How to Find the Best Loan Deals
A school's preferred-lender list is only a starting place when shopping for college financing
Here are tips for students and parents shopping for the best college loan deals:
See if you qualify for interest-free educational loans offered by charities and governments.
Stick with the federal educational loan programs—Perkins and Stafford for students and PLUS for parents, says Stuart Siegel, a private counselor in Erie, Pa. While the federal loans have fixed rates ranging from 5 to 8.5 percent, private or alternative loans typically have interest rates that rise and fall with the economy. Rates have been rising recently, which increases borrowers' costs and payments.
Fill out a FAFSA, or Free Application for Federal Student Aid, to see which federal loans you can qualify for. The Perkins program is the single best deal, offering students loans at a fixed 5 percent. Subsidized Stafford loans are the next best deal, charging a maximum of a fixed 6.8 percent after the student leaves school. The third-best deal is unsubsidized Staffords, which charge interest immediately but don't send bills until six months after the student leaves school. Parents can borrow at rates capped at 8.5 percent from the PLUS program. Higher-income parents who have equity in their home may find, however, that the tax benefits make taking out a second mortgage less costly than PLUS loans.
While a school's preferred-lender lists are a good place to start shopping for an educational loan, the best deals are often found elsewhere. If your school allows you to shop (only about 20 percent of schools borrow directly from the federal government and thus don't let students or parents shop around), check out nonprofit lenders such as MOHELA, NHHEAF, or All Student Loan. Depending on where you live and study, one of these may knock as much as 3 percentage points off the interest rate. A list of nonprofit lenders can be found at www.efc.org/cs/benefits. Websites such as www.simpletuition.com have lists of other lenders and loan offers.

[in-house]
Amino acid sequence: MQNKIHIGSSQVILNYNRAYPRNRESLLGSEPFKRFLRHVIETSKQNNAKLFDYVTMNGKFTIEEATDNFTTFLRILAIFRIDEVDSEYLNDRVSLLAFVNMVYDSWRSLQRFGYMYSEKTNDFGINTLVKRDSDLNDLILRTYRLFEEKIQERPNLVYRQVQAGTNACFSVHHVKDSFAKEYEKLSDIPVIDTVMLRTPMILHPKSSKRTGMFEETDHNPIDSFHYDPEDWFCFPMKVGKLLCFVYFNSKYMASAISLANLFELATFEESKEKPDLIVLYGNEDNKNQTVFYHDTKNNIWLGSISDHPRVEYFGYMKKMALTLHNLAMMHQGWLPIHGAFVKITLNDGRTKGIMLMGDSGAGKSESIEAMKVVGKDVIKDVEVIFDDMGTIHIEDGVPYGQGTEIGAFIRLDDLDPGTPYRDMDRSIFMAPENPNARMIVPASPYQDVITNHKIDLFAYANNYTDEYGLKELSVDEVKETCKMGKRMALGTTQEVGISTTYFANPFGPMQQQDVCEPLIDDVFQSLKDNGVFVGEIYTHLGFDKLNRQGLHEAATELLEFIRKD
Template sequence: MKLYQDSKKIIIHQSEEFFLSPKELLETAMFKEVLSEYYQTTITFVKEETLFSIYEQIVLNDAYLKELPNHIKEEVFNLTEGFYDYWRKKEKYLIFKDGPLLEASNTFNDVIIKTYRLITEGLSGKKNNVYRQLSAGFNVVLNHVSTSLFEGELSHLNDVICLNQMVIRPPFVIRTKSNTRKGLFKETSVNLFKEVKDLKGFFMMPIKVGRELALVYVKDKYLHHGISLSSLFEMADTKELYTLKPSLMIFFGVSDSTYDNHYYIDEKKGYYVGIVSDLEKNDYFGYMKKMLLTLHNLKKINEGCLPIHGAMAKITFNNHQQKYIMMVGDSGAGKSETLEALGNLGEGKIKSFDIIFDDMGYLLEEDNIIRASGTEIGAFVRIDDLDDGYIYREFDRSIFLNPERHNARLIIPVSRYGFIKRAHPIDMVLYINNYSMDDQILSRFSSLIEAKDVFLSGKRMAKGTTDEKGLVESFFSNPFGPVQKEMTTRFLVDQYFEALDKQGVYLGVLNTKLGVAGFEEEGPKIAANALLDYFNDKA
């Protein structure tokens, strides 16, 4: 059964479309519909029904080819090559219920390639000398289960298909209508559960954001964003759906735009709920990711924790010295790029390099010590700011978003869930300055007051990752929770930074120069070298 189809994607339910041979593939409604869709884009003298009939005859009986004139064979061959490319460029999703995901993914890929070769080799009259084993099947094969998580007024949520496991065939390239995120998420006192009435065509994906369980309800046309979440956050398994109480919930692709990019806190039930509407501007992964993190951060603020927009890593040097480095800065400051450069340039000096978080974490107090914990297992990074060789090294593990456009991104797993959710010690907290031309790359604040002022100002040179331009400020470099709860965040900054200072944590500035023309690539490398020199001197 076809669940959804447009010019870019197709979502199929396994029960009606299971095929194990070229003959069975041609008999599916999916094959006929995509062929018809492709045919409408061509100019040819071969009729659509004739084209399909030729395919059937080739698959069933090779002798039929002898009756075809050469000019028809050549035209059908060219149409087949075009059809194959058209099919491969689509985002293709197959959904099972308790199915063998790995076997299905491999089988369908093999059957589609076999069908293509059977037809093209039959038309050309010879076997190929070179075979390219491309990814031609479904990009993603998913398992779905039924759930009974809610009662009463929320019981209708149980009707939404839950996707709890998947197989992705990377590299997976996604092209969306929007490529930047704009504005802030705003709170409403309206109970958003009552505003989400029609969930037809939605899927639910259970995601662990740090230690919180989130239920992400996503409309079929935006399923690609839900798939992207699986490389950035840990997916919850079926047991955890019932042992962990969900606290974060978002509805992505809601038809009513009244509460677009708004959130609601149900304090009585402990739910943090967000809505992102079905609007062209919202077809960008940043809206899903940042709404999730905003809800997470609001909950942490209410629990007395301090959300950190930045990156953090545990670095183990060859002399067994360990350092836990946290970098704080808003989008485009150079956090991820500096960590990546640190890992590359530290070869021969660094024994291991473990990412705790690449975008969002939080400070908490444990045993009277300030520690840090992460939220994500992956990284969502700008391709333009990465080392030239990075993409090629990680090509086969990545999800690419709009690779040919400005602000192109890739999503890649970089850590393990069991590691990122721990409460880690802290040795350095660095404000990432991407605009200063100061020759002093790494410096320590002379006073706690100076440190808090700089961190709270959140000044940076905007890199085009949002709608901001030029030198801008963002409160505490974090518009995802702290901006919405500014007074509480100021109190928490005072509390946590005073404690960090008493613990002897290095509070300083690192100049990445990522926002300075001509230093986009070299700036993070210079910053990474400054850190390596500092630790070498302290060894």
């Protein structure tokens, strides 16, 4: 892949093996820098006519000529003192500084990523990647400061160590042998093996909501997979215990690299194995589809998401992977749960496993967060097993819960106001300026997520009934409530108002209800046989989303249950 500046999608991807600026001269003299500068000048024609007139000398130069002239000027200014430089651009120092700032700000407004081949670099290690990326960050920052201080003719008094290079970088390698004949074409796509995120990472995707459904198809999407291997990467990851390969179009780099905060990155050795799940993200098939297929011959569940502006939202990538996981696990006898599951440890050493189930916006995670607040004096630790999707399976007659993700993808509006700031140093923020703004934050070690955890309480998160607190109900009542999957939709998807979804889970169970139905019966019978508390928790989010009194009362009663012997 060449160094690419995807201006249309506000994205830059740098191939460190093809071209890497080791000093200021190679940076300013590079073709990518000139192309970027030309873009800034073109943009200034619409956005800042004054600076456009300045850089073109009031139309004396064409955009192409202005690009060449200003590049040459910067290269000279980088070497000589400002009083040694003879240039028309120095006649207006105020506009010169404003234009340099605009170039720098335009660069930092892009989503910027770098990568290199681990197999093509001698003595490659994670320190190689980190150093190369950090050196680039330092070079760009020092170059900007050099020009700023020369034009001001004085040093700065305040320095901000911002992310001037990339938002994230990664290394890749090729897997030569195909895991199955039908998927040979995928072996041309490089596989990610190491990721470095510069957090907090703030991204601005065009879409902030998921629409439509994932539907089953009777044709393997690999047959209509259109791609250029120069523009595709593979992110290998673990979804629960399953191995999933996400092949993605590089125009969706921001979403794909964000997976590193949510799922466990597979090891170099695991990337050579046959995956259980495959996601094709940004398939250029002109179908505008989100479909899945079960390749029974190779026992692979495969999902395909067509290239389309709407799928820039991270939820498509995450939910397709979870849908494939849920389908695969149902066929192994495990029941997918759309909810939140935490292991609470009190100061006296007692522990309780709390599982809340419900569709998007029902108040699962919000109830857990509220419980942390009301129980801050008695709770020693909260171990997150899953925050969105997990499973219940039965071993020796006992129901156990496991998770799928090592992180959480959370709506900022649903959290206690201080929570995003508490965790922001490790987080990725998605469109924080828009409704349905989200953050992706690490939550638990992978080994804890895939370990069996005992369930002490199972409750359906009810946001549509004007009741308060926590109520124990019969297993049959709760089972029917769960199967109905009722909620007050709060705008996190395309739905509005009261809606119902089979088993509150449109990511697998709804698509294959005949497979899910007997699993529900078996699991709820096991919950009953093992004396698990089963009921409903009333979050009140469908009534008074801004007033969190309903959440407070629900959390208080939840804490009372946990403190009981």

When shopping for the best deal, check the terms and fine print carefully. Many lenders attach so many strings that most borrowers never actually receive the goodies.
Choose the loan that offers the most and best upfront discounts, such as waiving both origination and default fees, or other immediate discounts. Most of the goodies that are promised several years down the road won't be paid out if the student consolidates loans or gets into any financial trouble after leaving school.